But what really impressed me was the way the EF-6 took big dynamic swells in stride with almost casual ease, as if they were no big deal at all. Part of the beauty of this amp is that it makes handling multiple, complex, intersecting musical lines at high volume levels seem like the easiest and most natural thing in the world—just a walk in the sonic park. The freedom from unwanted edginess, strain, or compression is wonderfully liberating, again pulling listeners into closer contact with the music. Better still, the EF-6 imbues the HE-6 with some of its own relaxed, effortless-sounding sonic persona. Some audio journalists have described the HE-6 headphone as being prone to excess brightness, but in my view what they are really describing is the distressed sound of amps that don’t have adequate power to drive the HE-6 properly. The EF-6 amp, however, has more than adequate power, so that when teamed with the HE-6 the combination sounds extremely detailed, yet surprising smooth—a perfect recipe for naturally expressive sound.
There are, however, moments where the EF-6’s rich-sound yet easygoing sonic persona proves less effective than others. An example would be Musica Nuda’s live cover of the classic Beatles song “Come Together” as captured on Live à FIP [Bonsai Music]. Musica Nuda is an inventive and eclectic pop/jazz duet comprised of Petra Magoni contributing vocals (and free-form vocal embellishments) and Ferruccio Spinetti on amplified acoustic bass (which Spinnetti simultaneously plays as a melodic, rhythm, and at times as a percussion instrument). The net effect of Musica Nuda’s treatment should ideally be a heady mix of potent female vocals, expertly crafted melodic bass lines and grooves, plus unexpected and at time almost otherworldly vocal and percussive bass sounds—all driven forward by an almost palpable, electric energy. I played this track through the EF-6 and Audeze’s superb LCD3 headphones and found that the EF-6 caught all of the richness and textural complexity of the music, but was missing that elusive, three-dimensional sense of electric energy born, I suspect, of the interaction between the two performers and the crowd. As soon as the track was finished, I re-cabled the system and played the same track through the Burson Audio Soloist, again using the Audeze LCD3 ‘phones. While the Soloist’s rendition did not have quite the same quality of effortless power that the EF-6’s did, the Soloist’s superior ability to capture very subtle details and three-dimensional aspects of the sound helped restore the invigorating energy the track really ought to have.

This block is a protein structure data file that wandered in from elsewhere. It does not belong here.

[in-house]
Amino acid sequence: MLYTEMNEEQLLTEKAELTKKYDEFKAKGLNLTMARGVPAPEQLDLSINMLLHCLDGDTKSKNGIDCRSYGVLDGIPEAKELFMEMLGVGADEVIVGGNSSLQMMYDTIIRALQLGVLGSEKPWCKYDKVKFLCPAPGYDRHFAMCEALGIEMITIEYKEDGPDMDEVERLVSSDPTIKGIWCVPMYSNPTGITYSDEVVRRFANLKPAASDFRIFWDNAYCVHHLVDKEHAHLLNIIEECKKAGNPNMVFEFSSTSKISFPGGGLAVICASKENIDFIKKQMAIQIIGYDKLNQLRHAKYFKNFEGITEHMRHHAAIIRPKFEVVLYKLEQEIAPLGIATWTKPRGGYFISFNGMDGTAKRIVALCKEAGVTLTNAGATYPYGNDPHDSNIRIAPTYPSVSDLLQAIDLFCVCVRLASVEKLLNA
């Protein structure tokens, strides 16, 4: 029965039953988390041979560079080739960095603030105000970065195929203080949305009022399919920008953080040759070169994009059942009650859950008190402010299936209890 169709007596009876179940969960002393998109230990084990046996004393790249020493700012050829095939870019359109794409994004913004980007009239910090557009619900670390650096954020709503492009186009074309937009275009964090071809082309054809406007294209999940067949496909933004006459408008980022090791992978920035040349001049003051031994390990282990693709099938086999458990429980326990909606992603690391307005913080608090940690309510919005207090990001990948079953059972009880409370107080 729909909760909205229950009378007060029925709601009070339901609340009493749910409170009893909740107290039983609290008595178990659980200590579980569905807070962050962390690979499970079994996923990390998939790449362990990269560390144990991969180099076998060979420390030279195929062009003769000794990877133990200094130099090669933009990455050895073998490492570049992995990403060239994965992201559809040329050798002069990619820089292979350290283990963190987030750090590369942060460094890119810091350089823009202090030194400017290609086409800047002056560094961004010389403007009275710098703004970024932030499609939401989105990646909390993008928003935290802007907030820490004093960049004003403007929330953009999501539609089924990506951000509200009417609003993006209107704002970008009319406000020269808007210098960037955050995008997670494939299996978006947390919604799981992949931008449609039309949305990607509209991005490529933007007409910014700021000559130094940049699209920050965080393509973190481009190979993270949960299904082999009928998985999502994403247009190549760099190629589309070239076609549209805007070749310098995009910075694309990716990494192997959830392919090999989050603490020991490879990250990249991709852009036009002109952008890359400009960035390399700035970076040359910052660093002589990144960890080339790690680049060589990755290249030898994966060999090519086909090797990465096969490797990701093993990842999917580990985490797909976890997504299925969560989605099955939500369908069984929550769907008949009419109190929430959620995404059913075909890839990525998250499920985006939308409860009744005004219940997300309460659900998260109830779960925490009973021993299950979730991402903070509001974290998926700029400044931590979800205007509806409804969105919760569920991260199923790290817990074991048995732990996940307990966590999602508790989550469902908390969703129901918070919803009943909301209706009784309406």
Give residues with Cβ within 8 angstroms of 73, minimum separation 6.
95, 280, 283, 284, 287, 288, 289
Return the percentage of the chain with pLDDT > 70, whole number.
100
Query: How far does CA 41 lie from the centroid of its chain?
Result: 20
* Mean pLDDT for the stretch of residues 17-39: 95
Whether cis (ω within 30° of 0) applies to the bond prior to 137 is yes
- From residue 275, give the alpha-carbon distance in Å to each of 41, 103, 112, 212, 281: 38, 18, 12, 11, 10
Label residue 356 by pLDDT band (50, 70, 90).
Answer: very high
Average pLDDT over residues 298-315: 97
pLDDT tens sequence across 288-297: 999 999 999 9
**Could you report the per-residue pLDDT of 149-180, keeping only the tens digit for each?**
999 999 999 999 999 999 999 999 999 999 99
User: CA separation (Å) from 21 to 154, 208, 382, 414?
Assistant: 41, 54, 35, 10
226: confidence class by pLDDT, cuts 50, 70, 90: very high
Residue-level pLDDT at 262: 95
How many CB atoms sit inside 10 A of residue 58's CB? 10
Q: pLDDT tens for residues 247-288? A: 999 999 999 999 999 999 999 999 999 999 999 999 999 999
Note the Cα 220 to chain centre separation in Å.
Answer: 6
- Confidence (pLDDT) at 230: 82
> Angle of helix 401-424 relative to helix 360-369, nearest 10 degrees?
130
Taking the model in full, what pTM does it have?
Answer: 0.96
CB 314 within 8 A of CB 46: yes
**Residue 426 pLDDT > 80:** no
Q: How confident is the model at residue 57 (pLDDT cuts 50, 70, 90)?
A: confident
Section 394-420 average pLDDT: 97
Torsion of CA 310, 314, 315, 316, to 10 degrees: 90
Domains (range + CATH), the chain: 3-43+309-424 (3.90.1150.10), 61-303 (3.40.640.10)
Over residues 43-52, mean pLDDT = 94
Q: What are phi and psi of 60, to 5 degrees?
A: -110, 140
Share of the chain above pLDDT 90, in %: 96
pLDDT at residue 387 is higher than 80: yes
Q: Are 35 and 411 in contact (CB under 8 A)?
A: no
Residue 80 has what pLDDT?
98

Returning, again, to the EF-6/HE-6 combination, I put on the very demanding “Gnomus” movement of Mussorgsky’s Pictures At An Exhibition as transcribed and performed by organist Jean Gillou [Dorian Recordings]. This track provides a serious bass workout (complete with loud low frequency passages that are richly detailed and nuanced, and that at times plunge to pitches almost below audibility), but also showcases the upper registers and varied voices found near the top end of the pipe organ’s frequency range. It is precisely the sort of track that can cause many headphone amplifiers to stumble, especially if they are attempting to drive the notoriously power-hungry HE-6’s. Yet in this environment the EF-6 positively thrived, making the passage sound almost frighteningly powerful and majestic yet—here’s that word again—at the same time curiously accessible. On this track more than many others, it became clear to me that the EF-6 is rarely if ever is daunted by musical challenges—especially challenges involving complex textures, timbres, and high-potency dynamics. It’s almost as if this amp lives to put challenging music back within our grasp, which is a beautiful thing to experience.